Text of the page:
When I look back and think that I survived a brain tumour, it reminds me of how lucky I am. It has had a lasting effect on me as sometimes I feel that I haven’t made enough of my life. Others have been through the same thing yet their story has turned out so differently. Physically and emotionally, my brain tumour is the worst thing that has ever happened to me. It was devastating and very scary but, on the other hand it was a positive thing because it showed me how many people love and care for me and I remain buoyed up by that. I have many wonderfully close friends and I am so grateful for that. I am a Division & Group Executive at the Institution of Mechanical Engineers, where I have spent most of my career, and I love Bollywood dancing!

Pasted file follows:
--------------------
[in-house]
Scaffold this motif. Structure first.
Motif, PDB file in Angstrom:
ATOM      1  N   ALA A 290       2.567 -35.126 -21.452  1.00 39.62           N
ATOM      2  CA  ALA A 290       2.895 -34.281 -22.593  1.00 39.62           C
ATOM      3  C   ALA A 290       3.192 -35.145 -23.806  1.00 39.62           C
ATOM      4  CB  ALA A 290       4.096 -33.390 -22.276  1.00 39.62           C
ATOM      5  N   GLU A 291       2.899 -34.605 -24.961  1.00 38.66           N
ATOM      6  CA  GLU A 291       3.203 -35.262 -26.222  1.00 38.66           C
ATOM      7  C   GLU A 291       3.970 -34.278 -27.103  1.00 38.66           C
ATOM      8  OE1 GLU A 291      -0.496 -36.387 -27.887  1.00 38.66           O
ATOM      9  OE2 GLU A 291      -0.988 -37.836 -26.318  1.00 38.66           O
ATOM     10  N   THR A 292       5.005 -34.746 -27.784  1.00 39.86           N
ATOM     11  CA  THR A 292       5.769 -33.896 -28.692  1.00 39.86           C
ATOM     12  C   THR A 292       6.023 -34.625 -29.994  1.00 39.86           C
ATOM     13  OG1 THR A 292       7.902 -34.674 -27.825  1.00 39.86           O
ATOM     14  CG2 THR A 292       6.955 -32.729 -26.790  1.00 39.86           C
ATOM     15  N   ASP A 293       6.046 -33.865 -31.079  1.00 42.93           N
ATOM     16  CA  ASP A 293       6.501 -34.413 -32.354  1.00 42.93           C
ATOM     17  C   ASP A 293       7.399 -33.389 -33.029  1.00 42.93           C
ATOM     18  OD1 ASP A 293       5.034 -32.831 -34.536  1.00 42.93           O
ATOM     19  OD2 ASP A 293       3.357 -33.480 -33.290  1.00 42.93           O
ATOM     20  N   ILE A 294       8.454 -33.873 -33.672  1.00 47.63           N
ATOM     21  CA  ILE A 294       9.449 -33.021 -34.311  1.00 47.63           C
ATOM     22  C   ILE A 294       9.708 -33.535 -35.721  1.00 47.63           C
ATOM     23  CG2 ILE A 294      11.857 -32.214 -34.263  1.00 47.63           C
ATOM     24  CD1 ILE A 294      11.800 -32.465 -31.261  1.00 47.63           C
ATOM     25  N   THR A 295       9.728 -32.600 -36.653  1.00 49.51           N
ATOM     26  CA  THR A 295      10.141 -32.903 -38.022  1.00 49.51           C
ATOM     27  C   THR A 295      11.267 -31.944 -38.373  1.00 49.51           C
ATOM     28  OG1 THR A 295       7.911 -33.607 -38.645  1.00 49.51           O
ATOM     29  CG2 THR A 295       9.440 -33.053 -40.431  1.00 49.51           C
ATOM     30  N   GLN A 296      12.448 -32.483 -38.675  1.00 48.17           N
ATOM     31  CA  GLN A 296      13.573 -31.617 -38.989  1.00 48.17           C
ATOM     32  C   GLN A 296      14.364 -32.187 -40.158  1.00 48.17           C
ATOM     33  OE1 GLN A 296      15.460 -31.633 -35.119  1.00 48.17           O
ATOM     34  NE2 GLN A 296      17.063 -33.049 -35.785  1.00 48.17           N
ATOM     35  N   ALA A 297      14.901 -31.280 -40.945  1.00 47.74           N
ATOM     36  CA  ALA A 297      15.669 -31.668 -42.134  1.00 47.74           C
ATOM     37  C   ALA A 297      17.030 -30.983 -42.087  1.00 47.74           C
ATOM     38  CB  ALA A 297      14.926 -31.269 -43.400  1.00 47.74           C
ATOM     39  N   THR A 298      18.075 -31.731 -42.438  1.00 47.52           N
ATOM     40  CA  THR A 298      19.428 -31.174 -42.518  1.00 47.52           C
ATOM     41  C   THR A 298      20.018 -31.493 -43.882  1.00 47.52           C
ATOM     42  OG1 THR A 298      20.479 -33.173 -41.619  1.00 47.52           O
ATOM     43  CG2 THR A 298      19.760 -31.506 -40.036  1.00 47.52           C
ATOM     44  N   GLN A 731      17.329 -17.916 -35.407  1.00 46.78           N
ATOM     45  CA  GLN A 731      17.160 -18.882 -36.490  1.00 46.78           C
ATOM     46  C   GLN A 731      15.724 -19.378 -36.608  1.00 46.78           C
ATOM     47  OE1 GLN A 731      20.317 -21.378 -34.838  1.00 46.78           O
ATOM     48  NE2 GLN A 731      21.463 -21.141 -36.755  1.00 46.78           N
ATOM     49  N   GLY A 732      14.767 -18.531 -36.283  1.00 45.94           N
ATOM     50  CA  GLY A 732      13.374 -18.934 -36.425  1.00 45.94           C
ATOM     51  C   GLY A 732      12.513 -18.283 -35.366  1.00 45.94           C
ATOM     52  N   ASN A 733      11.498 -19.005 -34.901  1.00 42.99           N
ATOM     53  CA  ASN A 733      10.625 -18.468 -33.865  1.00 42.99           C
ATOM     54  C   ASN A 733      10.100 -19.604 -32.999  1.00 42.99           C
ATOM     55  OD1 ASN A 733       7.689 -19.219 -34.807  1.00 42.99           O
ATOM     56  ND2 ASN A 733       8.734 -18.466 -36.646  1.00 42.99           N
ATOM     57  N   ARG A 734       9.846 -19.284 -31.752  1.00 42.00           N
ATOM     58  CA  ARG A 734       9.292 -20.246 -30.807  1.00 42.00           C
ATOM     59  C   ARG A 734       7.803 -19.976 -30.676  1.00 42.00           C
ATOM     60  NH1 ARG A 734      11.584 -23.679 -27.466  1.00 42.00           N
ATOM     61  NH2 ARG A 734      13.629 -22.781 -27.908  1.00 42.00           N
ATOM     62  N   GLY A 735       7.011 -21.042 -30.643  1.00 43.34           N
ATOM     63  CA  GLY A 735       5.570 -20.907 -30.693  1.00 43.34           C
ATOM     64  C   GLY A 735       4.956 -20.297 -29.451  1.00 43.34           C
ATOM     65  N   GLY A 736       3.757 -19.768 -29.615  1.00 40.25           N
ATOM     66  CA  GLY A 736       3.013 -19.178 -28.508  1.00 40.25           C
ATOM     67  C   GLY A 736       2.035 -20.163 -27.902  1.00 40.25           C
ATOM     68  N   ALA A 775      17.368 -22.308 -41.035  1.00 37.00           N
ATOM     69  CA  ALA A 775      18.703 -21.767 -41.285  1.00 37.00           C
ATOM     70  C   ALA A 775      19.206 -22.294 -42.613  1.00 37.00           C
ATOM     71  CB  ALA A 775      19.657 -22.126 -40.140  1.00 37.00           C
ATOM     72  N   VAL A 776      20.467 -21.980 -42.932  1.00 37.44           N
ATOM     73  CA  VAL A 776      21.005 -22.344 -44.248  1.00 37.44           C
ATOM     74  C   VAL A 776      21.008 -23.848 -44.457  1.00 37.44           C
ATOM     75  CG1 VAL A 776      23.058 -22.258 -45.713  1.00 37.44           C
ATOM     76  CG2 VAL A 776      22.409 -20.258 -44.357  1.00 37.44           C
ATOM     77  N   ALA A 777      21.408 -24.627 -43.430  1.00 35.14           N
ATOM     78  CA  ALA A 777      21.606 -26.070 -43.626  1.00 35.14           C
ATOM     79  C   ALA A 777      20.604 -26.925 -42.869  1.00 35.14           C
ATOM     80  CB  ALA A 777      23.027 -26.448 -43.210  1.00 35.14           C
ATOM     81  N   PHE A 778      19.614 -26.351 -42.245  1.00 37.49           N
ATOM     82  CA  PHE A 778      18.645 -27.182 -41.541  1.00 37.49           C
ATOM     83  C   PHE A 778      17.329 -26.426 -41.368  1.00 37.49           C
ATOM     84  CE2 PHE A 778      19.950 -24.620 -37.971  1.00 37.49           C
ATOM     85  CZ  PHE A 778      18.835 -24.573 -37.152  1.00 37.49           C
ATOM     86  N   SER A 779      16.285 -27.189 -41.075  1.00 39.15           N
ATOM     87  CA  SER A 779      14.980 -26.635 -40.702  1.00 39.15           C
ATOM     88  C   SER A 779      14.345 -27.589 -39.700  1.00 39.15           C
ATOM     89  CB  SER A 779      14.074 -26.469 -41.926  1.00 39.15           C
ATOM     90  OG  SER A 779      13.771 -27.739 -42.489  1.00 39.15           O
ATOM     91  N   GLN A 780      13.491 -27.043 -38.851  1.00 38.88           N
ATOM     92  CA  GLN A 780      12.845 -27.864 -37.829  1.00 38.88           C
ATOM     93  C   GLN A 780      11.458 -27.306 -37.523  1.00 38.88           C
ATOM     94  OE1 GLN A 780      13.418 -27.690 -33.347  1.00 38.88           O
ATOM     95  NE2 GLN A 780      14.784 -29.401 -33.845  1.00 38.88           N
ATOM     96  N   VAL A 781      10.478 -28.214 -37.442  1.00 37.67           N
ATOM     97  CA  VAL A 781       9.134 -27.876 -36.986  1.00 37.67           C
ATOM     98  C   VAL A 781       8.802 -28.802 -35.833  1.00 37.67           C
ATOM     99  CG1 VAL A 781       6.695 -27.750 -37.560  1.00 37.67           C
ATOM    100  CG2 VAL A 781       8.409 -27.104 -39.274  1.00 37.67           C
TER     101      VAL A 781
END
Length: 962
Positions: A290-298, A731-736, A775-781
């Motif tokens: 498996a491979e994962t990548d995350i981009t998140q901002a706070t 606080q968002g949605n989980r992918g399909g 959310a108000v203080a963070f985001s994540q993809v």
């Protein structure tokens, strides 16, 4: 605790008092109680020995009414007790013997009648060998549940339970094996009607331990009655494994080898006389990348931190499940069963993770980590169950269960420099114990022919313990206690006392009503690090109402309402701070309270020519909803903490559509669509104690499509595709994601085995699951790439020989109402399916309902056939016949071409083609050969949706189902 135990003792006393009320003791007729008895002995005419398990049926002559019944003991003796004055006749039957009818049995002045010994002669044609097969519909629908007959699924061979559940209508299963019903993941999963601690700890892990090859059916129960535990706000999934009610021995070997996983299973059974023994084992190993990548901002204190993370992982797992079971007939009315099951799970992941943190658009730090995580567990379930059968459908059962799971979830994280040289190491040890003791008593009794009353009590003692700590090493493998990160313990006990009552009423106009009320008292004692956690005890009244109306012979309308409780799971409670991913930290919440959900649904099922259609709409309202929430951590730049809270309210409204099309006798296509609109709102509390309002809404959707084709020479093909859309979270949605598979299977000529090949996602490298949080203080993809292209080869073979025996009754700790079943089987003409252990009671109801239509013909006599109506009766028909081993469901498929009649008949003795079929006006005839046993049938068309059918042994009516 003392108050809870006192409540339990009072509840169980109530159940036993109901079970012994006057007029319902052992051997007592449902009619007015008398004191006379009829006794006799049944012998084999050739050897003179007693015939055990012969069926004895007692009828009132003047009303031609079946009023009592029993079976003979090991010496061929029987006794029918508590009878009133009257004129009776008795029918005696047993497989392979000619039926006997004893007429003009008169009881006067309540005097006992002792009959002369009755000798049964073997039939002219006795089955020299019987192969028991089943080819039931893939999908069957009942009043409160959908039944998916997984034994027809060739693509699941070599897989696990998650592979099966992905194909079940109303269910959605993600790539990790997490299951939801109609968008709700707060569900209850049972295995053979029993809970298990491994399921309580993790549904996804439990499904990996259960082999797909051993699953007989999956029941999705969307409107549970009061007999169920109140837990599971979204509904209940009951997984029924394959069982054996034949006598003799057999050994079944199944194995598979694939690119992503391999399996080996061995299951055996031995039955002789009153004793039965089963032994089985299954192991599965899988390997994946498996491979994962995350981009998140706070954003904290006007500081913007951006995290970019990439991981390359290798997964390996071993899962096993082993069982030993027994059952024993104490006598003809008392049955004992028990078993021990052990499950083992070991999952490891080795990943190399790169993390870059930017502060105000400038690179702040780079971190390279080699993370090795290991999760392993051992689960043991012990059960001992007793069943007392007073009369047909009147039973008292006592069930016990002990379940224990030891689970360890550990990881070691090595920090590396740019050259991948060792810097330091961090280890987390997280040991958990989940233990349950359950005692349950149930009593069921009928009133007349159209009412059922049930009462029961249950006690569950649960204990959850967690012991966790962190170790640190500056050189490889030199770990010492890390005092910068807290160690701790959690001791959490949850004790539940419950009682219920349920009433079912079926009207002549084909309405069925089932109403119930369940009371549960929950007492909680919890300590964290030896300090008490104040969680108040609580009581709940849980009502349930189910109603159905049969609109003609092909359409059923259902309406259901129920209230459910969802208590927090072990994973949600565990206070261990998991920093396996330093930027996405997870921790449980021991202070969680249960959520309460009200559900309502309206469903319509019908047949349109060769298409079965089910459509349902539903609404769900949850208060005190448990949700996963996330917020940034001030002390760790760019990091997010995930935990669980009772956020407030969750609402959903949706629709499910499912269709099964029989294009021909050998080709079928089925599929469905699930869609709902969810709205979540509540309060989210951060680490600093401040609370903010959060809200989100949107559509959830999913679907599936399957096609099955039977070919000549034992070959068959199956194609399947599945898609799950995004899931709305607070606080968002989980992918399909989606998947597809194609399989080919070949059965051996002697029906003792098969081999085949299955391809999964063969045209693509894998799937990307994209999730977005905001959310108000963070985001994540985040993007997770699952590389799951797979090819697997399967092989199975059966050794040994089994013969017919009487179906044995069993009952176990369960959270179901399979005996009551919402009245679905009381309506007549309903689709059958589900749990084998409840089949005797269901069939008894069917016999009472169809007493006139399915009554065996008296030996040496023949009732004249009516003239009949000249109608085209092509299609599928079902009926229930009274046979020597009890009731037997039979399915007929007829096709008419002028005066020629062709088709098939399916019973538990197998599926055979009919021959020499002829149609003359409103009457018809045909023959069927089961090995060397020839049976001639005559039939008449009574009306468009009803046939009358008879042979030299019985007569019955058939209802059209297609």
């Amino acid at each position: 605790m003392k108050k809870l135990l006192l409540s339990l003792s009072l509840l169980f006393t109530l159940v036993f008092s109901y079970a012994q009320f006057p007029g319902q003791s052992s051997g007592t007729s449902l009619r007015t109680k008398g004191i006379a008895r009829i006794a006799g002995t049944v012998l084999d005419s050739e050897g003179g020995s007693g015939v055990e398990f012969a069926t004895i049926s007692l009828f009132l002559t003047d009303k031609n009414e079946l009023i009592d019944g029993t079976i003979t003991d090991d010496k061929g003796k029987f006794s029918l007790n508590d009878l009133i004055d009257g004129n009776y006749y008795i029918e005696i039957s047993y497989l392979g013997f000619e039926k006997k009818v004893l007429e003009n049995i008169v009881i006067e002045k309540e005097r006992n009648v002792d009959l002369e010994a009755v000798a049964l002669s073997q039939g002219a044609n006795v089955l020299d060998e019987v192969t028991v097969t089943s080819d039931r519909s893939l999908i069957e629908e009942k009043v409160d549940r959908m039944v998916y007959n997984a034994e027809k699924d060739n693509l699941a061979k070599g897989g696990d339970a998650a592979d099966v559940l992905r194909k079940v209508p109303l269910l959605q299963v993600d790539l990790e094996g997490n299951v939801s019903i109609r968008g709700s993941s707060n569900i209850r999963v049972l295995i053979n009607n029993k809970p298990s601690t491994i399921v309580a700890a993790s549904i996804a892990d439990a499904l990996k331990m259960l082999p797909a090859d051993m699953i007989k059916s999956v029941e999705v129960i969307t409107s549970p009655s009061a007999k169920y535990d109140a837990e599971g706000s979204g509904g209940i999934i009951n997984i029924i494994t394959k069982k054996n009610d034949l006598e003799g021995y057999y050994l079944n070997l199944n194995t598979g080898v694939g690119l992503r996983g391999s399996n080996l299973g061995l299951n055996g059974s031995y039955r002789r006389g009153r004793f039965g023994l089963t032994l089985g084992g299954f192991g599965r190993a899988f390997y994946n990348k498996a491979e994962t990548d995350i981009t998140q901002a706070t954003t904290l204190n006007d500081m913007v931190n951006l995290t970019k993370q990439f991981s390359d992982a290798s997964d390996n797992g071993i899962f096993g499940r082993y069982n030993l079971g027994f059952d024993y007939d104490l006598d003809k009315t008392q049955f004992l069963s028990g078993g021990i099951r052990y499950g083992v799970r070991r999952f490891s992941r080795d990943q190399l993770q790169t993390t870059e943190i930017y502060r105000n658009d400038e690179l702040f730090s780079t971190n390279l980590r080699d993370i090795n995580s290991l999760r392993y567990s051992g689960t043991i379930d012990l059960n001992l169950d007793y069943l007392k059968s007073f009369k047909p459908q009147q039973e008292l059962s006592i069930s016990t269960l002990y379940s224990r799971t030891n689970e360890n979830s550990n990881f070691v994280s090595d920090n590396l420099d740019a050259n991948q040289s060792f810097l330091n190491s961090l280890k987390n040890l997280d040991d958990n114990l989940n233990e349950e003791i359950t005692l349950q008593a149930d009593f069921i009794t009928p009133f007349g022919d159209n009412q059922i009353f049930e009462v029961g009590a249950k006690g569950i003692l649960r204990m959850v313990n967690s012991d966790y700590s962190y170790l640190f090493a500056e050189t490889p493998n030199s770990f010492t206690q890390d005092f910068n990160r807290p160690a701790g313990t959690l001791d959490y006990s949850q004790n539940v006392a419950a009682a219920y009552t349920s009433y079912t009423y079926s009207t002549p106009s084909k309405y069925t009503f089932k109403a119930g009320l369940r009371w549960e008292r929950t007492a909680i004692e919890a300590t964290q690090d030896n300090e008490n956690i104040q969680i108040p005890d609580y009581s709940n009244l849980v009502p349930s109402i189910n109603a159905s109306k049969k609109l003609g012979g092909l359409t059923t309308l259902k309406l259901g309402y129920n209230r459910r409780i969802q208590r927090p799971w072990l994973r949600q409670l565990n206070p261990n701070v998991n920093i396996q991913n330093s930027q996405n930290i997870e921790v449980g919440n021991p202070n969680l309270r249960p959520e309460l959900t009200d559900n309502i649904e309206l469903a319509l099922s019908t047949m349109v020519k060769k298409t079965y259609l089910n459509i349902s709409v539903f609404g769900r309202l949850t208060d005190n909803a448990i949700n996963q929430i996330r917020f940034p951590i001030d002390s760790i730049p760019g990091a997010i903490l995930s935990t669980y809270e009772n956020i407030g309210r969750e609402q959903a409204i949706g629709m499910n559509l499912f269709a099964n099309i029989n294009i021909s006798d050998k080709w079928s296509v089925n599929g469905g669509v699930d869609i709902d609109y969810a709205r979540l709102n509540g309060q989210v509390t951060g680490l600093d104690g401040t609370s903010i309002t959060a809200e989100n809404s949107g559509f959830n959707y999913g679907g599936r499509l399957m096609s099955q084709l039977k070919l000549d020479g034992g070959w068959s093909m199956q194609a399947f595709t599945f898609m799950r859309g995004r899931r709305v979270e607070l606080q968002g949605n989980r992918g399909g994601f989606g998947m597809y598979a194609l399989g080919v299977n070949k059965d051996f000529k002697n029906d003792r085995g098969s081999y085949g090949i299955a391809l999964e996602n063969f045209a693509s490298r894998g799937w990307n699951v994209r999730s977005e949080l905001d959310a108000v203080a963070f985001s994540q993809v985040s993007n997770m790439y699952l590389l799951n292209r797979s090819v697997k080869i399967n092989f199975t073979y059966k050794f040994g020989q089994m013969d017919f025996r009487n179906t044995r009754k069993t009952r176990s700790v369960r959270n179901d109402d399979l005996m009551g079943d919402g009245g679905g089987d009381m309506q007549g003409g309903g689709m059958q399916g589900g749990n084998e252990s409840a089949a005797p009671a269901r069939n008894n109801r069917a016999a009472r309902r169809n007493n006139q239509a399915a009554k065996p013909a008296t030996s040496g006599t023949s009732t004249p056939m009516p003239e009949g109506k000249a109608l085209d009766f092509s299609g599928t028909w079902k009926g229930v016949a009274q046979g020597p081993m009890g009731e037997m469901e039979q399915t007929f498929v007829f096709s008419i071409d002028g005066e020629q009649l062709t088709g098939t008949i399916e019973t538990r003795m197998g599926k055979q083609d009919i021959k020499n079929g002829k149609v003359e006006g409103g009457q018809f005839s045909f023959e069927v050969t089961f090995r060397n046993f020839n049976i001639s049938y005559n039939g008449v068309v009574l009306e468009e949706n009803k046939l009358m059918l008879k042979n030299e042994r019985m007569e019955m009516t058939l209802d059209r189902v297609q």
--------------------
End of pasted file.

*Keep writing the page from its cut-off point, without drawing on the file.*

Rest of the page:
My message to other people is to be determined and stay positive. A lot of my fight was mental. When you are diagnosed with a brain tumour you are in a very dark place and I hope that my experience will help others. My friend Val got married to her wonderfully supportive boyfriend in hospital – I enjoyed witnessing that event; I was also there when her consultant explained that there was nothing else they could do for her. She was devastated at first but then persisted in getting out and about in her wheelchair, propelled by her loving husband.

I have had such a happy ending to my brain tumour story but nobody knows what is around the corner or down the road. I have learned that you can’t assume you will live until you are in your 80s or 90s and facing your mortality at such a young age is life-changing. It has taken time to come to terms with these experiences; I am now able to accept this as part of my life’s journey.

Lisa Meenan
January 2016

Lisa Meenan In Hope resized